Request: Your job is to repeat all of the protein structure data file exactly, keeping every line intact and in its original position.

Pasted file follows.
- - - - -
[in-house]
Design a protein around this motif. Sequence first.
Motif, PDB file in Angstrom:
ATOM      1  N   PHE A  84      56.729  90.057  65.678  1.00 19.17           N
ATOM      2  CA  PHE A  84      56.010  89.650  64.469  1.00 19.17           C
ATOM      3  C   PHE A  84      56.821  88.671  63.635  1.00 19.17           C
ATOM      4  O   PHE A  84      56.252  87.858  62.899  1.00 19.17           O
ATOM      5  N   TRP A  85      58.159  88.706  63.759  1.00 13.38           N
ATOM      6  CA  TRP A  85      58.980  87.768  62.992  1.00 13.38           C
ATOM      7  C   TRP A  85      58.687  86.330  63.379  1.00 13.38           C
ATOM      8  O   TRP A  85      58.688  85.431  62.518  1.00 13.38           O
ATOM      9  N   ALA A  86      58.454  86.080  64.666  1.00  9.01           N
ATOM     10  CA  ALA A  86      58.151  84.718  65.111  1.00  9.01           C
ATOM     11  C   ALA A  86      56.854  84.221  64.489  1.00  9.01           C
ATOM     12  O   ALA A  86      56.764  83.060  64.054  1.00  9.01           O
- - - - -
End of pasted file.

[in-house]
Design a protein around this motif. Sequence first.
Motif, PDB file in Angstrom:
ATOM      1  N   PHE A  84      56.729  90.057  65.678  1.00 19.17           N
ATOM      2  CA  PHE A  84      56.010  89.650  64.469  1.00 19.17           C
ATOM      3  C   PHE A  84      56.821  88.671  63.635  1.00 19.17           C
ATOM      4  O   PHE A  84      56.252  87.858  62.899  1.00 19.17           O
ATOM      5  N   TRP A  85      58.159  88.706  63.759  1.00 13.38           N
ATOM      6  CA  TRP A  85      58.980  87.768  62.992  1.00 13.38           C
ATOM      7  C   TRP A  85      58.687  86.330  63.379  1.00 13.38           C
ATOM      8  O   TRP A  85      58.688  85.431  62.518  1.00 13.38           O
ATOM      9  N   ALA A  86      58.454  86.080  64.666  1.00  9.01           N
ATOM     10  CA  ALA A  86      58.151  84.718  65.111  1.00  9.01           C
ATOM     11  C   ALA A  86      56.854  84.221  64.489  1.00  9.01           C
ATOM     12  O   ALA A  86      56.764  83.060  64.054  1.00  9.01           O